Reflections on 2014

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As the year comes to a close, I feel obliged to reflect a bit on 2014. I’ve linked some of my favorite blog posts throughout this summary to illustrate my thinking throughout the year. And since no post would be complete without an accompanying picture, I’ve selected one with each of my 3 favorite people from the end of the year – my beautiful wife and I headed out to her company’s Christmas party, my daughter Josie (5) and I at a Gardner-Webb University basketball game, and my son Jack (8) and I at Thanksmas (what our family calls the exchanging of gifts at Thanksgiving instead of Christmas) after we finished assembling his rocket and were heading out to launch it. I love all three of these pics with the most important people in my life.

So on to some reflection on the year…my college English Education teacher taught me once that when you are critiquing a student’s work you should start by telling them something they did well, then be critical of the things you want them to improve, and then finish with a positive comment about the overall work. She called it the “Sandwich Method.” I think it would be appropriate to apply the Sandwich Method to my year.

2014 was a breakthrough year for me in the understanding and practice of mindfulness and awareness. I would not say I’ve perfected the discipline, but as the year went on I became more and more consistent with spending time just being quiet, meditating and reflecting, and observing my thinking. This mindfulness allowed me to feel calmer and at peace more often and had a great impact on my relationships – strengthening many, clarifying a need to eliminate others, and opening doors to new ones. My accountability partner in this endeavor has been Dr. Jason Pittser and to him I am greatly indebted for his reminders to stick with it.

Professionally, 2014 was the year of breaking waves. My first full year with a new company, I finally started to see some of the work that I had put in come to fruition in the form of contracts. I am excited to see this trend continue in 2015 as we have many positive relationships developing that could lead to more fantastic projects for our team. I traveled to some new places for work in 2014 – Sacramento, Kansas City, and London among others and I look forward to some more new cities next year.

Our family had a year of maturity and development as well. Our first big family vacation (2 weeks to the West Coast) was a fun and exciting learning experience for all of us. The real result, however, was a renewed desire to explore in Jessi and I along with a realization that we could do this exploring with our kids. We had some great trips with friends this year as well. We closed 2014 with a nearly 2 week trek to the Midwest to see family and friends for the holidays that found us sleeping in 5 different states in 11 days and re-connecting with some of the most important people in our lives. We have big plans for 2015, so I am excited to continue our family adventures.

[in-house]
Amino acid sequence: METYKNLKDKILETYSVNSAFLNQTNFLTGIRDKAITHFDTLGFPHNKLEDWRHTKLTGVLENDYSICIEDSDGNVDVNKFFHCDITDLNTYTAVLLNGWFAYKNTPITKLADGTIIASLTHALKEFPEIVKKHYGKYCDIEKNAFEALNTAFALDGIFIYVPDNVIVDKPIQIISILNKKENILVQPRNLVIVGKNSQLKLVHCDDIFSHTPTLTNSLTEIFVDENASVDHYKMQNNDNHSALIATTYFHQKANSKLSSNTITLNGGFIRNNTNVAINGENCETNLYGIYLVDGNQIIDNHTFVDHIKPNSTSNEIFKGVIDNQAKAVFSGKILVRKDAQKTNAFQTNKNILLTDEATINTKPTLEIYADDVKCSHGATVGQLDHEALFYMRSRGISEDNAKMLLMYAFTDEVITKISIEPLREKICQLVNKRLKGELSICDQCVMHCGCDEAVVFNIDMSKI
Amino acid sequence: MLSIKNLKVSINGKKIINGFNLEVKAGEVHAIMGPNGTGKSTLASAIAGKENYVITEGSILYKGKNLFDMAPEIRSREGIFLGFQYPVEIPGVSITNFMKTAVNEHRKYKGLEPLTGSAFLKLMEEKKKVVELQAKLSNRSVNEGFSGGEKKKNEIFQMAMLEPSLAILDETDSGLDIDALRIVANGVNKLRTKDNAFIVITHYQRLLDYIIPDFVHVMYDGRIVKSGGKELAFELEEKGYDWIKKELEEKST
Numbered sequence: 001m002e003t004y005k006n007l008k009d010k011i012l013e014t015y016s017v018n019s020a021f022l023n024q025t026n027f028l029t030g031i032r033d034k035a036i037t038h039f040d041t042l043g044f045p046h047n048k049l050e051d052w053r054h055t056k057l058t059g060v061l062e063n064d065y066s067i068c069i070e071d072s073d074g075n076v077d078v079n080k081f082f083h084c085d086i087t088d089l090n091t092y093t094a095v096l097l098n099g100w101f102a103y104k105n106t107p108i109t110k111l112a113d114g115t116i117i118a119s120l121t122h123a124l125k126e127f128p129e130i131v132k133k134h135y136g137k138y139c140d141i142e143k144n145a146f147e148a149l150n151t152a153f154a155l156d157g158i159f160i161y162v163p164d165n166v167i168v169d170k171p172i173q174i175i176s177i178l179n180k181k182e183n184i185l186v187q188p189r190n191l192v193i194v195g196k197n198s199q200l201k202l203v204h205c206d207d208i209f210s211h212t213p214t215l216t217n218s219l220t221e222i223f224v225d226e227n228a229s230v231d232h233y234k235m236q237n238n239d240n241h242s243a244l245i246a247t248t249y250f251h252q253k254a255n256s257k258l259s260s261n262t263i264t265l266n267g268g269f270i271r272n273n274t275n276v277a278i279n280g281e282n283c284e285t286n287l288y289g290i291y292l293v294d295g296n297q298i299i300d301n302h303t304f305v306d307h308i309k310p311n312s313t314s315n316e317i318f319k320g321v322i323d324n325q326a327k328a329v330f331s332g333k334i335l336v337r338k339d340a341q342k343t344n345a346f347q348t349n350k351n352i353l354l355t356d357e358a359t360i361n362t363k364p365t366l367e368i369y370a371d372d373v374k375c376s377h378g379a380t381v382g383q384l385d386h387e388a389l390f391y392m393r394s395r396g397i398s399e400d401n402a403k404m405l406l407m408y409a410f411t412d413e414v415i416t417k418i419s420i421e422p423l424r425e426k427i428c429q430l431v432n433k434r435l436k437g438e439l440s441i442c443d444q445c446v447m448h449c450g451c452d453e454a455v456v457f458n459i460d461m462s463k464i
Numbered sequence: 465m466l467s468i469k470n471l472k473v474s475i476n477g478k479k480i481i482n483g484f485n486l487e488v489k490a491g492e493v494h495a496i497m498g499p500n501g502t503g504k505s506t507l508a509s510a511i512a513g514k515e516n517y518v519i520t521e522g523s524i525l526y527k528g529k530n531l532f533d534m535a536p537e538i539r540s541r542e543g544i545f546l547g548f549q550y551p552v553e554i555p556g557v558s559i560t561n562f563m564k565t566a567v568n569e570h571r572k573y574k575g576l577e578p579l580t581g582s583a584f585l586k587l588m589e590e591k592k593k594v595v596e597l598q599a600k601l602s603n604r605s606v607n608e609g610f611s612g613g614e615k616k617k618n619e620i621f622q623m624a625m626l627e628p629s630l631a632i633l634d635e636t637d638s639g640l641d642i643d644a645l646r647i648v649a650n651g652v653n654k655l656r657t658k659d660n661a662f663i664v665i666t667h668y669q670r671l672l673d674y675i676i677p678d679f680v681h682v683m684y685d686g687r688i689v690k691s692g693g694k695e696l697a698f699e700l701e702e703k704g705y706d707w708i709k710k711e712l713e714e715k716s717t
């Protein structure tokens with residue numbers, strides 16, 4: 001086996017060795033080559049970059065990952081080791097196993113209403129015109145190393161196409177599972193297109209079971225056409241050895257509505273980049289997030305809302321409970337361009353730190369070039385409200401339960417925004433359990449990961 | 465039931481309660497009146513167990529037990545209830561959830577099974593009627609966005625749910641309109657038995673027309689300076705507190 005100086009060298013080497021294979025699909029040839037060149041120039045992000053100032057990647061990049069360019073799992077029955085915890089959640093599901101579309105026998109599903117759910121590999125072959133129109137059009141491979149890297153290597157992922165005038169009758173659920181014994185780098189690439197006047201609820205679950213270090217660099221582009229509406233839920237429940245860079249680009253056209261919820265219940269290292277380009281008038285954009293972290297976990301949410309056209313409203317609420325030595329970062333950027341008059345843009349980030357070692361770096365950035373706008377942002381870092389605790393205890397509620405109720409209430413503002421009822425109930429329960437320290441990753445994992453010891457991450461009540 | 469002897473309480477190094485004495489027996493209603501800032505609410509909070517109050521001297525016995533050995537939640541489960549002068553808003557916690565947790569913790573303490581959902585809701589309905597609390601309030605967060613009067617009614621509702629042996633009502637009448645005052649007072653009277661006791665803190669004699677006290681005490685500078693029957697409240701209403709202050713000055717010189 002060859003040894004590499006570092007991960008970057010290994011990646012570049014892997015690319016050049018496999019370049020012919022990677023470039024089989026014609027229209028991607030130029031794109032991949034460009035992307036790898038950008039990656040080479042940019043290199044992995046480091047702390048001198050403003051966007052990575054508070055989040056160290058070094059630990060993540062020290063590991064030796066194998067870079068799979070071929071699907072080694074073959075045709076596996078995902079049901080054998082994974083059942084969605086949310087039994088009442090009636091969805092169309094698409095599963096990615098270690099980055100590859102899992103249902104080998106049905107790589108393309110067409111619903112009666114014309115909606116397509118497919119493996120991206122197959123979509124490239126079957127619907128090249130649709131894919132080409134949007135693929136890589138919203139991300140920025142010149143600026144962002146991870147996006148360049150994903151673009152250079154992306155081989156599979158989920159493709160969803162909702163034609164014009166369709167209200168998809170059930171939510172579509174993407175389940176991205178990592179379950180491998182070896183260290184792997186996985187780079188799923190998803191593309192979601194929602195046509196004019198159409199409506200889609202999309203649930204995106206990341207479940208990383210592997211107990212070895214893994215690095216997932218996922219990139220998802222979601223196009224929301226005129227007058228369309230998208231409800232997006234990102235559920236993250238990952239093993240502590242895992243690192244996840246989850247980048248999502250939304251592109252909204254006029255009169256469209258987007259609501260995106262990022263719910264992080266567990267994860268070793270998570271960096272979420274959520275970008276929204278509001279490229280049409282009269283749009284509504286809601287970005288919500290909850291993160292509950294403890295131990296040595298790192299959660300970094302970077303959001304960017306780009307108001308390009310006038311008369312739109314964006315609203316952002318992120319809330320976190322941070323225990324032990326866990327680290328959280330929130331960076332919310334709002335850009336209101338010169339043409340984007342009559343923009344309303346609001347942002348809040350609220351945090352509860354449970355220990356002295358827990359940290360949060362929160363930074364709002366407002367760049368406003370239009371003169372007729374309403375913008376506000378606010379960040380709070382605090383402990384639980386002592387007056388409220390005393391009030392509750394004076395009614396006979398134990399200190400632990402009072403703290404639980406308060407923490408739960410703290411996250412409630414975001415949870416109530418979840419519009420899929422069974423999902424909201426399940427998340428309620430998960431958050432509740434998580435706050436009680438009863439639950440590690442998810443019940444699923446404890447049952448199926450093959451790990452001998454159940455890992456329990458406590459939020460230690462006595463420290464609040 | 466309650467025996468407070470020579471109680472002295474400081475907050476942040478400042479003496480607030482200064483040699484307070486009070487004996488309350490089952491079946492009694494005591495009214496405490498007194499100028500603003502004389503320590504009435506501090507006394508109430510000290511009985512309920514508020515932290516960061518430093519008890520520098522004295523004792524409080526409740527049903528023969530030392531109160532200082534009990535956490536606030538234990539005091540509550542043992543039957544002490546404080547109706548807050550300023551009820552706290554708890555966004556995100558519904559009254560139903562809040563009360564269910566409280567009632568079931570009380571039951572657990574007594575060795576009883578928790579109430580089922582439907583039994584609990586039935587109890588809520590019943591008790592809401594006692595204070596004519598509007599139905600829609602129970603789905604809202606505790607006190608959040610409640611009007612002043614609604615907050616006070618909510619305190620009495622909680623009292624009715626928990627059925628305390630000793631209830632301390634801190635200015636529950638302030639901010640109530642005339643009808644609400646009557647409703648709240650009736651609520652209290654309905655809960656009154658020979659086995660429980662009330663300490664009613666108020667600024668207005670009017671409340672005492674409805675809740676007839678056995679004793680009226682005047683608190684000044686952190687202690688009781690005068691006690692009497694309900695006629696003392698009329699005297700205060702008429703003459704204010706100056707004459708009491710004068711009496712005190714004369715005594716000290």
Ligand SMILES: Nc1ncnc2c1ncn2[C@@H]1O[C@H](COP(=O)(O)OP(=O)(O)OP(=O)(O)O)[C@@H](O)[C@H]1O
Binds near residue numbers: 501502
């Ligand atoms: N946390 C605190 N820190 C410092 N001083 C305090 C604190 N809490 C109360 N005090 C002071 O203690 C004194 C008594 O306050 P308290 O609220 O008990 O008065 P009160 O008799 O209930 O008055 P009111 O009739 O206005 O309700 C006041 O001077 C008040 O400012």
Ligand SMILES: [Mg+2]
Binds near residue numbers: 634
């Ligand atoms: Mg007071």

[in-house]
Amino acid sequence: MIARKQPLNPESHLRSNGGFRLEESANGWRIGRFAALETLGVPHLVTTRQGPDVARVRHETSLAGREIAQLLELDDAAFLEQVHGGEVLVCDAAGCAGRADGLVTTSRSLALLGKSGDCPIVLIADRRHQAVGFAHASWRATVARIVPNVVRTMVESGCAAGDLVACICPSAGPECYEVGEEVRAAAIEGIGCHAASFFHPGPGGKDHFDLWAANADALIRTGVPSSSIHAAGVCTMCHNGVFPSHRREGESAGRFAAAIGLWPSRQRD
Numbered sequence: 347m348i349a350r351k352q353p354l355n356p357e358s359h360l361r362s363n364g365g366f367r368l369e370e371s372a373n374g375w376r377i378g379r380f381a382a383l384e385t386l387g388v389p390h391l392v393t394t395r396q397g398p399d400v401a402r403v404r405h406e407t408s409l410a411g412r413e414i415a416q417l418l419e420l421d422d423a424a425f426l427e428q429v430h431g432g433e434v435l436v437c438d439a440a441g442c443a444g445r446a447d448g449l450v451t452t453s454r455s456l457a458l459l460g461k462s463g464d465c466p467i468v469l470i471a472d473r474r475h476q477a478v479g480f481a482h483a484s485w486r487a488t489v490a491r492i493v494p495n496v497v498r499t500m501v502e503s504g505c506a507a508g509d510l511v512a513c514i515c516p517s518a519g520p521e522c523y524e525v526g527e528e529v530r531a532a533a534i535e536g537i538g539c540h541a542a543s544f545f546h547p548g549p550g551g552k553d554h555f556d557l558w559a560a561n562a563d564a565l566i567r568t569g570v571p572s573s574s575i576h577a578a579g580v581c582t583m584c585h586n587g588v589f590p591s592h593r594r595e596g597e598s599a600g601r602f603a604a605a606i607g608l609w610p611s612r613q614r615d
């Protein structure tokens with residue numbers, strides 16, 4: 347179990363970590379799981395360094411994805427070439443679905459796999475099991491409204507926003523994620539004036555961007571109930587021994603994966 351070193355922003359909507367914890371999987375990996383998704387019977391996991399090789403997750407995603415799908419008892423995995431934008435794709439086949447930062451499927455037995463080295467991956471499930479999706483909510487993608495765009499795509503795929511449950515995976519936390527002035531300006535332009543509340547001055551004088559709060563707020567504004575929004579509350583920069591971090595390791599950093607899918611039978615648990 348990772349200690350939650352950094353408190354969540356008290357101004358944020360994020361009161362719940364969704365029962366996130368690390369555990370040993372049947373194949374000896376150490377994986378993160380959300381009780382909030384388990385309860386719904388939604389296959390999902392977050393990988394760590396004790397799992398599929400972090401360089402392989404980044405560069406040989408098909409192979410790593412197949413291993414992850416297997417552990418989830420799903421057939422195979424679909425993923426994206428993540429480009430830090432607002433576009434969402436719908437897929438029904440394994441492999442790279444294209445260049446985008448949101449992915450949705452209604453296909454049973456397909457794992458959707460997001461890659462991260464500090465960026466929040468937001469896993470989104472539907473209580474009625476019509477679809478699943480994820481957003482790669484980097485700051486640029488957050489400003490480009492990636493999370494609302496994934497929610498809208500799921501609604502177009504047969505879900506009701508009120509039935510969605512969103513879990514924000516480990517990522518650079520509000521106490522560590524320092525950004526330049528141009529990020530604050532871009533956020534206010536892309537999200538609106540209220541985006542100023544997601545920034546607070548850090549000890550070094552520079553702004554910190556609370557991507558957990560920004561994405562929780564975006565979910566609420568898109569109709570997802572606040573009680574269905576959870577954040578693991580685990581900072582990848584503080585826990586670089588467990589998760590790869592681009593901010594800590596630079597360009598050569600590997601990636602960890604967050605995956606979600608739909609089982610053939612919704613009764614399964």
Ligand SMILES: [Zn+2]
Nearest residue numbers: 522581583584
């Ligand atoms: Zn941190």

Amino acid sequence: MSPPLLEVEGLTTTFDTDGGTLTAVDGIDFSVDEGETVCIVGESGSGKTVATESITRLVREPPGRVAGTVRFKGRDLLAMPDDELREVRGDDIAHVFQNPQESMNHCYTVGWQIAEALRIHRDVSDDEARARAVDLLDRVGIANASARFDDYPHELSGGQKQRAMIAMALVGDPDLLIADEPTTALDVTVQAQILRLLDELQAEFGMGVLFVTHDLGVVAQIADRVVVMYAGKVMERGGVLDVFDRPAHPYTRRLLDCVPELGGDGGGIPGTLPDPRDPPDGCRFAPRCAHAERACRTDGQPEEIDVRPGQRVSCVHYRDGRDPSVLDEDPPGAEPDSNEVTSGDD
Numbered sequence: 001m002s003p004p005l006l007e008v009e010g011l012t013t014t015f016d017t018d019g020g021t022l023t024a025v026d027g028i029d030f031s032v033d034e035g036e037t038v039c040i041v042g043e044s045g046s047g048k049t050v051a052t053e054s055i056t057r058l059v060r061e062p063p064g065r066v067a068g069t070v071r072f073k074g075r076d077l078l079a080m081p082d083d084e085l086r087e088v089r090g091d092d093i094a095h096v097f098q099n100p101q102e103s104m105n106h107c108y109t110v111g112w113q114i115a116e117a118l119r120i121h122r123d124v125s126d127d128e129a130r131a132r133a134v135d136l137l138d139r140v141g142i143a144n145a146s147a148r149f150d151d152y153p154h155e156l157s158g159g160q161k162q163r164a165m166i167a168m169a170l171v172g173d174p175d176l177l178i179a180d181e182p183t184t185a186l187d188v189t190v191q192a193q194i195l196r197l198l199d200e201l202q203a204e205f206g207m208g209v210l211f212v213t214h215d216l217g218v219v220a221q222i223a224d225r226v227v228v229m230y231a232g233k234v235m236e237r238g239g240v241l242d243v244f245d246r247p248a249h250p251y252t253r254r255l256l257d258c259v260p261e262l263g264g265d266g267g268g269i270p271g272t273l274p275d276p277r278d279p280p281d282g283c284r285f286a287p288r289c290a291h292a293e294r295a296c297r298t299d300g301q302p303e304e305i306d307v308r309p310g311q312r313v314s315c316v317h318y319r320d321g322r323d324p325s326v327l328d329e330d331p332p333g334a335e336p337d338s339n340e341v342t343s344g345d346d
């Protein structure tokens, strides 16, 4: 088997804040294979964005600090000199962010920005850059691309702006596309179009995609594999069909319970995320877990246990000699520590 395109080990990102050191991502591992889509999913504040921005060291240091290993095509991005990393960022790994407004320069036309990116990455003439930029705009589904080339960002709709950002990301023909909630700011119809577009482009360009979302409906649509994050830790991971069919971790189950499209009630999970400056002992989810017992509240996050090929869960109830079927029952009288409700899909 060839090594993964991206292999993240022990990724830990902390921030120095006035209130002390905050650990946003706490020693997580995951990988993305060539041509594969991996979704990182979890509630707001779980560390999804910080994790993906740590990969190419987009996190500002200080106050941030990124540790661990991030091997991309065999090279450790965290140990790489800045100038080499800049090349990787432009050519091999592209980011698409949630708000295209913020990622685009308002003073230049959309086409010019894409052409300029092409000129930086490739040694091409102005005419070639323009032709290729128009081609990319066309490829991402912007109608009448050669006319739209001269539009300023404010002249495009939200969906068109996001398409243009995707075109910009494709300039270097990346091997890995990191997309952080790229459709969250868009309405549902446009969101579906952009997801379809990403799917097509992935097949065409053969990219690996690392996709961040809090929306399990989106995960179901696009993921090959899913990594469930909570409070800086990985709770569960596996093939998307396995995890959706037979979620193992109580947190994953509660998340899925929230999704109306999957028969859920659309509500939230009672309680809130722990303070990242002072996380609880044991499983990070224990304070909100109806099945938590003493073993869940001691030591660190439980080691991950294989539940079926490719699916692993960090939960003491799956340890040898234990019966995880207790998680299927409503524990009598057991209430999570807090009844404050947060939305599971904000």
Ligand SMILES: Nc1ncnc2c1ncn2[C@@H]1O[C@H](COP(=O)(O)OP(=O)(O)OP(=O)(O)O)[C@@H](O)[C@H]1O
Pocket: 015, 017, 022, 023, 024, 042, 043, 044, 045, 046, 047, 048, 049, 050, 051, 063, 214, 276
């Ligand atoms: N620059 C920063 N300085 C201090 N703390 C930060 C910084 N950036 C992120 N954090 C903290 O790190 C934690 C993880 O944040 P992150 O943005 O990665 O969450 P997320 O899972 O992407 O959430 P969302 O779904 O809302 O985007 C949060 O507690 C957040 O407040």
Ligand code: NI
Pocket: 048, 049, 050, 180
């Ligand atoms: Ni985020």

2014 left some areas for improvement for me as well. 2013 was the year of running for me as I completed 2 half marathons and my first marathon through a very regimented training plan. I wouldn’t say I ‘fell off the wagon’ in 2014, but I didn’t work as hard as the year before. My weight, body image, and overall feeling of being healthy suffered from my lack of commitment in 2014. I realized that I need goals to work towards, so 2015 will again find me choosing some races to train for so that I can stay on track with my running.

I also had poor sleep habits and gave in to television too much in 2014. Early in the year we dropped our cable to the very basic plan and I had intentions to spend more evenings reading and less in front of the tv. That was good for awhile, but when college football and basketball rolled around I gave in and added the sports channels back on to the cable. The result was too many late nights watching games which cost me both precious sleep and valuable reading time. I love basketball, and I love watching college basketball, so I don’t want to give that up, but I’m going to try to be more disciplined about a consistent, and earlier bedtime in 2015. I know my body will feel better and it will make that running commitment easier as well.